Christmas and Survival?

One thing stands out in my mind from breakfast with Survival Sam on that December Saturday. It started when our waitress, Tina, came to check up on us one more time and stayed a couple minutes longer than usual.

“You boys ready for Christmas?” asked Tina.

“As ready as I ever get,” Sam said.

“That’s because he doesn’t celebrate Christmas,” I said. “And neither do I.”

Tina looked shocked. “What? I never pictured you as a Scrooge, Sam.”

“Oh, he’s not,” I said. “He and Sally are some of the most generous people I know.”

“If you’ll recall,” said Sam, “at the end of Dickens’s story, he says Scrooge kept Christmas better than anyone.”

“I wish I didn’t have to,” Tina said. “Too much hassle, and it gets worse every year. It must be great not to have to buy presents for everybody.”

“I give gifts any time of the year I want,” Sam said. And you know there’s no law that says you have to do Christmas.”

“Yeah, I suppose you’re right, but everybody does it, and it’s traditional,” said Tina. “I do like the music, and the lights are awfully pretty.”

“That they are,” Sam said.

“Do you have some kind of religion that keeps you from—you know, from the Christmas thing?” Tina asked.

“I’m a born again believer in Jesus Christ. However, many of the customs we associate with Christmas have pagan origins that date back to before the time of Christ,” Sam said. “For example, the date for celebrating Christmas is based on worship of the S U N, not the S O N. To worship God with such unholy trappings would be inappropriate at the very least. Imagine yourself standing here this morning wearing a bikini. It would be out of place, wouldn’t it?”

Tina blushed. “I’ll say. Trust me, you wouldn’t want to see that. Too many bumps and bulges in all the wrong places. It would scare off all my customers.”

“Be that as it may,” Sam continued, getting past her remark, “you won’t find christmas anywhere in the Bible.”

“But the story of Jesus’ birth is there,” Tina said.

“True, and it’s a significant and marvelous historic event,” Sam said. “However, we’re not encouraged or commanded in Scripture to celebrate Christ’s birth. Instead, we’re told to commemorate His death, burial and resurrection.”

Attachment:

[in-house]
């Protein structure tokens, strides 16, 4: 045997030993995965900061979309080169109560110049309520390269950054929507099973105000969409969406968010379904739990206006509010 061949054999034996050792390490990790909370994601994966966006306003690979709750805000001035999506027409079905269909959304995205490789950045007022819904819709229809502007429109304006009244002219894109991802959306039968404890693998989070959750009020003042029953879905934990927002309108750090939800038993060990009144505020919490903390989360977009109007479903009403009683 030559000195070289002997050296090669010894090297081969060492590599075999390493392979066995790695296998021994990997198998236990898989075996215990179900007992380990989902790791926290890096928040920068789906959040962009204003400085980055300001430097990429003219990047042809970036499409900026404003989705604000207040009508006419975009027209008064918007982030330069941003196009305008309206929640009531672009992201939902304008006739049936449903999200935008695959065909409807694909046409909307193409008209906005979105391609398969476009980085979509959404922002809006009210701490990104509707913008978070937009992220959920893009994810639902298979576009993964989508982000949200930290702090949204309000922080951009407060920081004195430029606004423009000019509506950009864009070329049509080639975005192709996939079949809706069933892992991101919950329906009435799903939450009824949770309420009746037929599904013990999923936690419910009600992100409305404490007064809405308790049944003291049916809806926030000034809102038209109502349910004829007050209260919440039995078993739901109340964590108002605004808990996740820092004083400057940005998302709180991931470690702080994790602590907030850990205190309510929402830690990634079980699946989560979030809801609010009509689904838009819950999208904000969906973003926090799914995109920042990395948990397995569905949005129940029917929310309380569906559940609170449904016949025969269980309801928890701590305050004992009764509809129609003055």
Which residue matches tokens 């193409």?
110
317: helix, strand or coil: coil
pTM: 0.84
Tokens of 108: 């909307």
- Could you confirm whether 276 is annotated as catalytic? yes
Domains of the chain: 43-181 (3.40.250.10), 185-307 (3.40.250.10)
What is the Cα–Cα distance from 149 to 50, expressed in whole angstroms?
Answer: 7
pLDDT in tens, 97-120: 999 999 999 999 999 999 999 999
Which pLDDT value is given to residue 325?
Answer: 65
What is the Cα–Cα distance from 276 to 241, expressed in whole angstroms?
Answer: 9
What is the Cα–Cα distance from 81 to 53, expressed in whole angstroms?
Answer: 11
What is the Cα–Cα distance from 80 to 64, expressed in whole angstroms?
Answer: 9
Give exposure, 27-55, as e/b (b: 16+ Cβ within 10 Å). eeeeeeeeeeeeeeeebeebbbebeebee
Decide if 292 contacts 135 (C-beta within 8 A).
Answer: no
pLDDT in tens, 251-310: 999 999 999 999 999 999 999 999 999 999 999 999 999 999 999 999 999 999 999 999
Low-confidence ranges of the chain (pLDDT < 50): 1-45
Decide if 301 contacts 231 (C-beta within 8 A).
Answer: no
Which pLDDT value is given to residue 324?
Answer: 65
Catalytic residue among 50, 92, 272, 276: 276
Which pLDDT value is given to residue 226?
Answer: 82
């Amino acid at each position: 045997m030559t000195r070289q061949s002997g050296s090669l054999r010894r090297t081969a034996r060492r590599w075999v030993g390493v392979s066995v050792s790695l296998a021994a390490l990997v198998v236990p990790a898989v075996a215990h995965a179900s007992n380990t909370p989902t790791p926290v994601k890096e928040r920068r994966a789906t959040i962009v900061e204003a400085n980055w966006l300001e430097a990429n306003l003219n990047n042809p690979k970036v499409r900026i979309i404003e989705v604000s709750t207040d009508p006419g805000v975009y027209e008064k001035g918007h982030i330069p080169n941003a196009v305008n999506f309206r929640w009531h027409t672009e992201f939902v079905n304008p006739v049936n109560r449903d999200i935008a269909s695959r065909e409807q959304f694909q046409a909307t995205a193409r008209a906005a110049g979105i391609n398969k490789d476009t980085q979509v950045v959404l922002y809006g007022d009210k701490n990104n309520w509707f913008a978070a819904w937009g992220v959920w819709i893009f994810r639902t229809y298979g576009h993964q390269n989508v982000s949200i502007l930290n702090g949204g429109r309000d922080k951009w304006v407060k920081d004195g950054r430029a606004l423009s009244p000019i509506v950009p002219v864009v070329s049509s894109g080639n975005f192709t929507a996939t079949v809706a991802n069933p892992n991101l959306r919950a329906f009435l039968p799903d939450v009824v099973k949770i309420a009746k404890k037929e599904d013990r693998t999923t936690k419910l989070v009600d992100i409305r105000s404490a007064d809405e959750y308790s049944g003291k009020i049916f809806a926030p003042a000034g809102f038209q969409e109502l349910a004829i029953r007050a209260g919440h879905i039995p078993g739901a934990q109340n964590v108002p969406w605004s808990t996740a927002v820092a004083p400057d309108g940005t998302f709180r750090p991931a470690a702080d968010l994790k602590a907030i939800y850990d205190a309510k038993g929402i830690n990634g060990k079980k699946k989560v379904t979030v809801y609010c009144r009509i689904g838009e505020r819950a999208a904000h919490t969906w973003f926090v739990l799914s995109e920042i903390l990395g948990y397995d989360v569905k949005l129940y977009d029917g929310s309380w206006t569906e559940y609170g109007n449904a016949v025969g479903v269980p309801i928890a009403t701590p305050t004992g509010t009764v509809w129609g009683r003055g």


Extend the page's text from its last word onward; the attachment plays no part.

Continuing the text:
“Hmm, that’s something to think about,” Tina said. She started to turn away, but stopped in her tracks. Her expression softened. “I hope you don’t mind another question.”

“Not at all,” said Sam.

“Well, forgive me, but I’ve over heard you fellas in here a couple of times talking about preparedness and survival. Does your not doing Christmas have anything to do with that?” she asked.

“No, but the attitude a person has to have is similar,” Sam said. “You really have to be a nonconformist not to do Christmas. Likewise, practicing an attitude and lifestyle for survival means not conforming to what everybody else is doing.”

“That’s an interesting parallel,” I interjected.

“Our pastor at my church says Christ might not have been born on December 25th,” tina said, “but he puts up decorations and a Christmas tree. He says that he doesn’t worship it though.”

“Then why put one up at all if he knows better?” asked Sam. “There are all kinds of ways to rationalize why we should do Christmas. Knowing what I know about it, there’s no way I can do it with a clear conscience.”

“You’re not trying to stop anybody else from having their Christmas, are you?” tina asked.

“They can do whatever they want,” Sam said. “I would simply say this, whether it’s in regard to Christmas or preparedness. Do whatever you do with a clear head and a firm set of convictions. Bring others into the fold if you can, so to speak, but realize that most others will do what they want. You have to do what you know to be right.”

“Hmm…Well, you boys have a good one, whether you do Christmas or not,” said Tina, looking thoughtful as she turned to see about other customers.


Author: John Wesley Smith

John Wesley Smith writes and podcasts from his home in Central Missouri. His goal is to help preppers as he continues along his own preparedness journey.

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